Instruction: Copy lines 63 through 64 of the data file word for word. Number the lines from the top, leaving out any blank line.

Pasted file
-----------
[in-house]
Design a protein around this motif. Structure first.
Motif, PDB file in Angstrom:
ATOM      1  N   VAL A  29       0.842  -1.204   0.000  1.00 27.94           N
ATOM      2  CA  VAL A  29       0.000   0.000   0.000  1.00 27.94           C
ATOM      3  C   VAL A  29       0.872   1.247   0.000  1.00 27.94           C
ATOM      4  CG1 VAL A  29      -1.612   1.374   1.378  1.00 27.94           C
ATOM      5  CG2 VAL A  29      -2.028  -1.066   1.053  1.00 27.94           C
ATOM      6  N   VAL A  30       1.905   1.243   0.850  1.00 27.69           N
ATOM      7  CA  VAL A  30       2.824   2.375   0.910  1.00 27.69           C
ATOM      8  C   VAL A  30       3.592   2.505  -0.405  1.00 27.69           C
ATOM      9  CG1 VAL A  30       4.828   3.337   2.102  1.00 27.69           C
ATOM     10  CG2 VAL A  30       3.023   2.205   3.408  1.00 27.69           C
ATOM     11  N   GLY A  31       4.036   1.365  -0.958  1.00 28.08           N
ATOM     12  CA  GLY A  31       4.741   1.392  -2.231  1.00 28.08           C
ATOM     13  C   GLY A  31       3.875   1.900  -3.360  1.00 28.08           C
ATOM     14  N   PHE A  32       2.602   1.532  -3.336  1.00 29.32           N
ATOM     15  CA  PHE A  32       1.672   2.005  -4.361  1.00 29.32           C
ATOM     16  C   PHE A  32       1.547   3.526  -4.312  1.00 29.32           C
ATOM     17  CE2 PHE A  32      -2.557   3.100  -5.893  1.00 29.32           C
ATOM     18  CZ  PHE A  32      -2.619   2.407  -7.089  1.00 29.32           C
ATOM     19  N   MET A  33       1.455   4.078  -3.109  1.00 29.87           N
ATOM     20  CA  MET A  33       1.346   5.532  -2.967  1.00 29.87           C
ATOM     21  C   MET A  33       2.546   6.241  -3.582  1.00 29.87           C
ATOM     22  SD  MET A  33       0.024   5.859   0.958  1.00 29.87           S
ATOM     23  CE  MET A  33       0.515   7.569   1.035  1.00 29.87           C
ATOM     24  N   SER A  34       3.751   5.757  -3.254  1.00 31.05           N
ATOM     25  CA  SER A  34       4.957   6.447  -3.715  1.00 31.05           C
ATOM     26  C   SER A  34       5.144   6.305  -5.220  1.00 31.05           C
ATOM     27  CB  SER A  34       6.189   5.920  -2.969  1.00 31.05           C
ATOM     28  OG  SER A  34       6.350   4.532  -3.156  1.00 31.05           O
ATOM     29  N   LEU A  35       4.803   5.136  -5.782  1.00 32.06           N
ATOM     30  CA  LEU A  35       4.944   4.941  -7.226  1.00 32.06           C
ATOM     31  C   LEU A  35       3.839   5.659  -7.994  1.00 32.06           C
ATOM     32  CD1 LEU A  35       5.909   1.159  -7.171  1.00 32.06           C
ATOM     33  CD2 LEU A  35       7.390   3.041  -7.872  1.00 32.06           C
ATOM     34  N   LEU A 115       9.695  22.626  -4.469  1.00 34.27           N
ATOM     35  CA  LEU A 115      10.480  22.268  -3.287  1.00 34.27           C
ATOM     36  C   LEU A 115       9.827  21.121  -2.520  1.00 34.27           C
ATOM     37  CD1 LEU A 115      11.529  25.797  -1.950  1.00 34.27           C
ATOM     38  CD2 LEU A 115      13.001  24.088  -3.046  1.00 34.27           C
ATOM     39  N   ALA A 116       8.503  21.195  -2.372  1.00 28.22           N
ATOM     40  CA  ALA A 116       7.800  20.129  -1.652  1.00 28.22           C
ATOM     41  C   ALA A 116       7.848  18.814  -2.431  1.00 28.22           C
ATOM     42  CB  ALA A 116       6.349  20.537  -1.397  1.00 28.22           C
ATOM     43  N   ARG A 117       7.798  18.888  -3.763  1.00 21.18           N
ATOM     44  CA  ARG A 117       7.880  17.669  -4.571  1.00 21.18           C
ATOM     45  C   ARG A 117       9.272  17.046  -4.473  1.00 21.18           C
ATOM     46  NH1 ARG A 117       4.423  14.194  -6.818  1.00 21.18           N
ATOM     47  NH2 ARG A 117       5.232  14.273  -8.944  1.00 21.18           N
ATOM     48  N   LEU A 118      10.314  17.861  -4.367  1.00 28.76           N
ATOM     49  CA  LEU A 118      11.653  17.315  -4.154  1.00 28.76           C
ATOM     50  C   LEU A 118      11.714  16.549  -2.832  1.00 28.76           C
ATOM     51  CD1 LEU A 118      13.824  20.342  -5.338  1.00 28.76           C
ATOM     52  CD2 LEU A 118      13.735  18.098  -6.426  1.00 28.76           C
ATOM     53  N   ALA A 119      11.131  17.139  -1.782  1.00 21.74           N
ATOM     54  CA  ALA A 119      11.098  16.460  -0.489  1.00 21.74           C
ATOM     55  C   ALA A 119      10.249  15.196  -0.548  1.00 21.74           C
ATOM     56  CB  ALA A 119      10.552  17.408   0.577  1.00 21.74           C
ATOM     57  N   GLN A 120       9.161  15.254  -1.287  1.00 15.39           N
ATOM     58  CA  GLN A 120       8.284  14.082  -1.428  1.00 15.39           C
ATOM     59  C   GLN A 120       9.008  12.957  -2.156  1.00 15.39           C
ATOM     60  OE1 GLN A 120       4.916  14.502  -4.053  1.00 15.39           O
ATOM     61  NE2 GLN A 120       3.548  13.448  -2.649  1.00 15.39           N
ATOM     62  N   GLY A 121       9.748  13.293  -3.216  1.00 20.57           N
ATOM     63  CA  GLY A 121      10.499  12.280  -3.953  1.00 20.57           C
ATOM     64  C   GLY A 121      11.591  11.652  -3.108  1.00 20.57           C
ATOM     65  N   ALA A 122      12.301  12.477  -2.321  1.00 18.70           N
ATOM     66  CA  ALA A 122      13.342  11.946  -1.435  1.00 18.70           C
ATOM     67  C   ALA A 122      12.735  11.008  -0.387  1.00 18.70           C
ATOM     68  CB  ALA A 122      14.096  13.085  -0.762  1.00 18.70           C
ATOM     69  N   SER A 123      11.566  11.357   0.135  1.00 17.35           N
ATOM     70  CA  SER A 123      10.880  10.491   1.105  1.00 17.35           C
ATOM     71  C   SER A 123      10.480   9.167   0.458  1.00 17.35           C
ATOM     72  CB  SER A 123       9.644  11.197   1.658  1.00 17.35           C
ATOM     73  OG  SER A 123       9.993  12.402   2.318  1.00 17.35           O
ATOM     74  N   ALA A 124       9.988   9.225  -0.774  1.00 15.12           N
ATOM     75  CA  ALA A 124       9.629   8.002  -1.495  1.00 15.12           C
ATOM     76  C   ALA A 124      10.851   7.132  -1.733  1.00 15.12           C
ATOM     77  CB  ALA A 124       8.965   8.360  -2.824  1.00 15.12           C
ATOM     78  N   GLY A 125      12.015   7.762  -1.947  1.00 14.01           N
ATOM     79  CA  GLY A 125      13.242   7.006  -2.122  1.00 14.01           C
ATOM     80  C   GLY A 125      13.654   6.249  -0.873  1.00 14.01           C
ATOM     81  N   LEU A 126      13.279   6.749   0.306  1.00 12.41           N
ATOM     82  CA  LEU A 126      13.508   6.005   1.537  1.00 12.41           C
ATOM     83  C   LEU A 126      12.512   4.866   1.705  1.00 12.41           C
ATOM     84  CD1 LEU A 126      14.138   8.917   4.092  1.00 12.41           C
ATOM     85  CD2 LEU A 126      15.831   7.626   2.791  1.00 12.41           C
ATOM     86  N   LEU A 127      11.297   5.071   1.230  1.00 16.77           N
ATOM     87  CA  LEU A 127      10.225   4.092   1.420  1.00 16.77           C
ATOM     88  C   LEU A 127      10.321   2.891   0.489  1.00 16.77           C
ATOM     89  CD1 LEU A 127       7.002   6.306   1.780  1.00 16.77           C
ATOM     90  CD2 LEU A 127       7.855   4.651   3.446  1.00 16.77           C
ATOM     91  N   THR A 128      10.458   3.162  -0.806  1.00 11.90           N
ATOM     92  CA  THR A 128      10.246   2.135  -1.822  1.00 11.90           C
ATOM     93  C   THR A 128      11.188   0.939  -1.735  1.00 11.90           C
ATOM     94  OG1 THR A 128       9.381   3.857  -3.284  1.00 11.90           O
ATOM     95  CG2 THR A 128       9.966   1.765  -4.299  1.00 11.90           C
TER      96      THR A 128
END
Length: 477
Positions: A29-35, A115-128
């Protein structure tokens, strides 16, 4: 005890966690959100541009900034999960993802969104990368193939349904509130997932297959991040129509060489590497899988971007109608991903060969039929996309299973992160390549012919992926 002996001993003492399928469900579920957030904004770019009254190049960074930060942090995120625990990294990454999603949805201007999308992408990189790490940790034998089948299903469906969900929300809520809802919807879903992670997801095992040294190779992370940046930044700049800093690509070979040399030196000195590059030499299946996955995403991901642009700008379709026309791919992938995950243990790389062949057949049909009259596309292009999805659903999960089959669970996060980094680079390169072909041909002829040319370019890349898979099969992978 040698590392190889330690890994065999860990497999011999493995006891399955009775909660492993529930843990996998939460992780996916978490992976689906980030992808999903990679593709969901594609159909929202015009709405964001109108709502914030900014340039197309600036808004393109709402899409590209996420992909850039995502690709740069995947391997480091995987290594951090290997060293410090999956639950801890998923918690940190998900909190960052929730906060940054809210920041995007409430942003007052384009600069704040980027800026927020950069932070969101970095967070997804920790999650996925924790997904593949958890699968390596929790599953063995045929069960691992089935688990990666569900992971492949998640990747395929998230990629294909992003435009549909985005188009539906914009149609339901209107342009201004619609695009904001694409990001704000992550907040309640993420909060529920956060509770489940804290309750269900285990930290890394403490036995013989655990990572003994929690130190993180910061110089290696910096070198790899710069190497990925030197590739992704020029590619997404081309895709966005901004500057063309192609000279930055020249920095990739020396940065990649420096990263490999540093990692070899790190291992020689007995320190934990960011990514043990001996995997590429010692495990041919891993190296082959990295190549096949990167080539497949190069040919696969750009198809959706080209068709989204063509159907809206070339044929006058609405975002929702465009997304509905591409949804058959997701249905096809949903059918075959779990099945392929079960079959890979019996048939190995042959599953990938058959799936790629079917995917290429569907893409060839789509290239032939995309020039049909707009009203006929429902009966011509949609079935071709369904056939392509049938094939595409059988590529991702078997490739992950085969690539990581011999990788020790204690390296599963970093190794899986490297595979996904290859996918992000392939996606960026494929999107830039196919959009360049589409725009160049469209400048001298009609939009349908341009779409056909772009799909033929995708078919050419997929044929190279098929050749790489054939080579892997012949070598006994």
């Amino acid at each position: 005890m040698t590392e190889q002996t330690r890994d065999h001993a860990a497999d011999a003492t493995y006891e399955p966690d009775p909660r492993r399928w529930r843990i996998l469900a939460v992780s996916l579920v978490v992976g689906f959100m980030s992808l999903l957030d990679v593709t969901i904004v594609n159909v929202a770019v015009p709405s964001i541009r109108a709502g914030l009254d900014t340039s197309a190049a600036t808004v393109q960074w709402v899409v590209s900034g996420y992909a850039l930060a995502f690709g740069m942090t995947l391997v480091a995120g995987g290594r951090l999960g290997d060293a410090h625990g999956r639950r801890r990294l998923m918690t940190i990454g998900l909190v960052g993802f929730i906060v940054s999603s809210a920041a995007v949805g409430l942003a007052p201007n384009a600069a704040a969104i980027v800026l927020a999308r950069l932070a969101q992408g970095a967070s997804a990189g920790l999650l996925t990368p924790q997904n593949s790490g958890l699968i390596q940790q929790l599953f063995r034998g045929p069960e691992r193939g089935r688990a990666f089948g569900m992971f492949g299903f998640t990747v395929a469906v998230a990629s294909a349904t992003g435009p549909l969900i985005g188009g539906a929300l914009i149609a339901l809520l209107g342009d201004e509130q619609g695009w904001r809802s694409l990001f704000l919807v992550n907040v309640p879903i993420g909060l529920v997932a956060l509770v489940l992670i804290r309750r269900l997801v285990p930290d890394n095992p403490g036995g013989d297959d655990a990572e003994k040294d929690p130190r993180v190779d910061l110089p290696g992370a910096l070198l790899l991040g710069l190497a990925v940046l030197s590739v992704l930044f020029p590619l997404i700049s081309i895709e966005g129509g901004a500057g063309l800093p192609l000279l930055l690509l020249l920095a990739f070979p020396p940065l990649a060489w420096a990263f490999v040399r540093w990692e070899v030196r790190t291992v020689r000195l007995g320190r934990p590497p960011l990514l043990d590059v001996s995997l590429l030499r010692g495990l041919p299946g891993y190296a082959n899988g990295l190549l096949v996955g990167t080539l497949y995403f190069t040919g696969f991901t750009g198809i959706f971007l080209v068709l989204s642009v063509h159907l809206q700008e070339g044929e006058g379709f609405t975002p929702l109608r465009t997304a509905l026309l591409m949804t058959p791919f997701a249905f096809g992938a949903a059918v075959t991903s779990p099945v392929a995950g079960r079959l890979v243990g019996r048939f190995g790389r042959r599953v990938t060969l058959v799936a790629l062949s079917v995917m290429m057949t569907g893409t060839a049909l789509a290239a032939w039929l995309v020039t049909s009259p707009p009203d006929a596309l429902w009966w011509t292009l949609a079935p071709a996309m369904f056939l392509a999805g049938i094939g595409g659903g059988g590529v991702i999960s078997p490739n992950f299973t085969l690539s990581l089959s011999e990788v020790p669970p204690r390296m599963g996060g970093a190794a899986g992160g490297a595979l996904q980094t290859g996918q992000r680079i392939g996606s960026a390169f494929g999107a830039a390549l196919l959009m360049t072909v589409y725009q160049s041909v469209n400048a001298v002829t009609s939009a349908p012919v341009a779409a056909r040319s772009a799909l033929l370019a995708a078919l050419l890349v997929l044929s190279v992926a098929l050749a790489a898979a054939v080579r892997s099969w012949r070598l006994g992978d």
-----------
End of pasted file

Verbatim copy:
ATOM     60  OE1 GLN A 120       4.916  14.502  -4.053  1.00 15.39           O
ATOM     61  NE2 GLN A 120       3.548  13.448  -2.649  1.00 15.39           N